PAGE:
YOU ARE HERE
Cities are like organisms- they grow, they evolve, they are not immune to hardship, and they too can recover. Take Detroit for example: on the precipice of rebirth, the City of Detroit is seeing a renewal of energy and excitement around it’s historic and rich arts’ scene. As is the case for many cities, the arts and culture scene tends to lead the way for new, innovative thinking. It’s impossible not to talk about ‘the future’ in the context of a city like Detroit and it’s artists and culture-makers. “The future belongs to a very different kind of mind: creators and empathizers, pattern recognizers, and meaning makers.” (*1) Artists, builders, storytellers, out-of-the-box thinkers, and entrepreneurs, are all envisioning a new kind of ‘future’; one that is not linear or finite, but rather a new era that requires a different approach: whole-hemisphere thinking. It’s a transition from the analytical left-brain that marked the information age, to dual-hemisphere thinking that draws heavily on creativity, intuitiveness and emotions, all of which are associated with the right-brain.
As art becomes a catalyst for new development in cities like Detroit, whole-hemisphere thinking becomes an edge.. a necessity, even. This new approach to creative-rebuilding has drawn the attention of national and international Art’s communities which has led to an influx of young artists to Detroit where the opportunities are plentiful and their particular skill-sets are a commodity. As a result, like with any city, new topics arise regarding resource and opportunity allocation, gentrification, and identity. Like many major art hubs, Detroit artists tie their connection with the city into their artistic-identity: which community they belong to (from born-and-raised, to transplant, to suburbanite, to out-of-towner) and see it as an indicator of how opportunities should be dispersed during growth and expansion. Even within the larger Detroit Arts’ Community factions arise based on of the geographical layout of the city itself (Southwest, Eastside, Corktown, Eastern Market, Midtown, Downtown, [Hamtramck], etc), just like the many boroughs of NYC, or neighborhoods of L.A. These built-in communities can be both a source of inclusion and exclusion, as the definition of ‘identity’ expands further for artists.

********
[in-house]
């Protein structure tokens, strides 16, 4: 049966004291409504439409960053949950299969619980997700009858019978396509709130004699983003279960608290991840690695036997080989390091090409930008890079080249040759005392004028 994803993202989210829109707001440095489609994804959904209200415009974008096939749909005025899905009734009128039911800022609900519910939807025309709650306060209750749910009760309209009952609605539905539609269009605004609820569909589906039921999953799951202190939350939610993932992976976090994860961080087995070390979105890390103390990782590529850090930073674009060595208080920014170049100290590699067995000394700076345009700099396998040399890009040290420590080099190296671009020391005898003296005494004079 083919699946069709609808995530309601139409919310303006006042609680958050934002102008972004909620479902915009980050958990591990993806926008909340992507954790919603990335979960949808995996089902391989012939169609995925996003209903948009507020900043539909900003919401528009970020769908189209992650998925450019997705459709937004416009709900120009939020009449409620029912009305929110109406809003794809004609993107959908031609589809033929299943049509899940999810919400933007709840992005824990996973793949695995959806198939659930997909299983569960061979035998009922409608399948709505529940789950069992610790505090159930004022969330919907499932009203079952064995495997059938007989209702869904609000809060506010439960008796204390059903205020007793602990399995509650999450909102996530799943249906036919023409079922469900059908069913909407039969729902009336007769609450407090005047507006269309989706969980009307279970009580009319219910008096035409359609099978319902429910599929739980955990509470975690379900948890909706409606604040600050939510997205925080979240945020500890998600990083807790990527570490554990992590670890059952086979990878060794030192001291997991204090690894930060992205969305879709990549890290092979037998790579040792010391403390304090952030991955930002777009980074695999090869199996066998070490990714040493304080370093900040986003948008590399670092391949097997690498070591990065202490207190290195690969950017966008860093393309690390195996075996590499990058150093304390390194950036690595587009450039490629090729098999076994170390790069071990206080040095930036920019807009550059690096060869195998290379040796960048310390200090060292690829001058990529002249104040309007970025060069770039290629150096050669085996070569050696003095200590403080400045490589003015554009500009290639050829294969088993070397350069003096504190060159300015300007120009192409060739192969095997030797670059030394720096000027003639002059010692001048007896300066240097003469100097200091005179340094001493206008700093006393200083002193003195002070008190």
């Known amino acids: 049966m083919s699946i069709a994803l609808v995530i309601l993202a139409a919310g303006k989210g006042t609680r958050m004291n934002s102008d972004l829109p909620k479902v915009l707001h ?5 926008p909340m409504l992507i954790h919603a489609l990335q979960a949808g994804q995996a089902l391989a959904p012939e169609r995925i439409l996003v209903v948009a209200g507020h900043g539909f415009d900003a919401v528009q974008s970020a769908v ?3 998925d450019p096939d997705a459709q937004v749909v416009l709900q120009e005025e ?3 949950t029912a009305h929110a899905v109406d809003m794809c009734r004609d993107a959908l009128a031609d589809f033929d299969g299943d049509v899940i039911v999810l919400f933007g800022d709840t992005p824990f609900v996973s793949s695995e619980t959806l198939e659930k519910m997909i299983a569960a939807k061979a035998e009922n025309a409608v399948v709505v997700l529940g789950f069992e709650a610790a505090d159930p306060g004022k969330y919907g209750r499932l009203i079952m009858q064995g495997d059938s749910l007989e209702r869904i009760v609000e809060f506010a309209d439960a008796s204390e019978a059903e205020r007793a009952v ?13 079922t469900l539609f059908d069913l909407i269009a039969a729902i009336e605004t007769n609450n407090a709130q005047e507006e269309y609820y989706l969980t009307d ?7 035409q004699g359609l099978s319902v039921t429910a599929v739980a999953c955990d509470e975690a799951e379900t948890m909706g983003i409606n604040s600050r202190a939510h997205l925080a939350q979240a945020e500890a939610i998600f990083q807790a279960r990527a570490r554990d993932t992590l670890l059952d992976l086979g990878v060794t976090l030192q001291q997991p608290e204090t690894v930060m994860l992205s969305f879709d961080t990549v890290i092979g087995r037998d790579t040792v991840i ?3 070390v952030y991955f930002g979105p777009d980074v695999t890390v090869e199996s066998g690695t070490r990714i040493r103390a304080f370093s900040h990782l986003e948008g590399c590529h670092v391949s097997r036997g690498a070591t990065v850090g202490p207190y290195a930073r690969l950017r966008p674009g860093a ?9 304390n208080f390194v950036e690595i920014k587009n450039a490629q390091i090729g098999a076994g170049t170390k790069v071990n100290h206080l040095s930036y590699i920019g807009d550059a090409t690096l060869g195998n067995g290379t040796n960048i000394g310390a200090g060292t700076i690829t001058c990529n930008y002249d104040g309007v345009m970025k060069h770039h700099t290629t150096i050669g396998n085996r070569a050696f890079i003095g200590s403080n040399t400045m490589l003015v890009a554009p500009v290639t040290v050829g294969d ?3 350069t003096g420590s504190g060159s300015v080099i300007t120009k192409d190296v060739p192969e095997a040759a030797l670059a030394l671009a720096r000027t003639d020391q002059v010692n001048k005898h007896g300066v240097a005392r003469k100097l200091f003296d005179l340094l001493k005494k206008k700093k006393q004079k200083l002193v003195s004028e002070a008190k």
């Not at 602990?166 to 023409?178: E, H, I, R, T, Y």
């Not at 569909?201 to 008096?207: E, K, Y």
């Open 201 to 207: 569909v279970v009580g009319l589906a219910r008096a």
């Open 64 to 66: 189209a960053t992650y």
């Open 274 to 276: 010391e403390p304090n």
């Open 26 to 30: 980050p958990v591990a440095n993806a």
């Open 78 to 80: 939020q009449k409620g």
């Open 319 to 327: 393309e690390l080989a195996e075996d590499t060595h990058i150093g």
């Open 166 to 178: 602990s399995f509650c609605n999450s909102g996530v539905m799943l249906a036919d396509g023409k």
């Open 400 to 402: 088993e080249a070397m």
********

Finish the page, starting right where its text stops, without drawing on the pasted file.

This show will draw on the idea that ‘You are Here’ can be both an indicator of place and time (i.e. you are here, existing at this moment in time, during a period of new urban development and revitalization, spear-headed by creative, whole-hemisphere thinkers and makers), and also “you are here” as in a place on a map, indicating location, and the identity associated with that location. Work in this show will explore location, time/place, Detroit’s future, urban development, ideas of identity, gentrification, creative emotional and empathetic ingenuity, and whole-brain thinking/making.
(*1.) Daniel H. Pink, A Whole New Mind
Note* Though this show will heavily feature Detroit, Greater Detroit, and East Michigan Artists, you do NOT have to live in Detroit to be a part of this show. If you have work that fits the theme and criteria for the show, please consider applying- the Carr Center is a very large space and a diverse array of opinions is needed.*
Show will run November 3rd-December 17th, 2016 at The Carr Center, Detroit MI
(311 E Grand River Ave, Detroit, MI 48226)
Opening Reception & Award announcement: Thursday Nov 3rd 7pm-11pm at the Carr Center
Music Performances by Duane the Jet Black Eel and Bevlove
Live performances by artists [contemporary dance and spoken word] starting at 8pm
Music starts at 9:30pm
Wine (21+) and hors d'oeuvres provided
$200 Best in Show and $150 Runner Up Awards voted on by the public, during the opening, from 7pm-10:30pm. Winners will be announced at 11:00pm.
Admission $10 (Entry is free for all participating artists and musicians)
Proceeds from the door will be split and go towards future Things Feel Heavy, and Carr Center events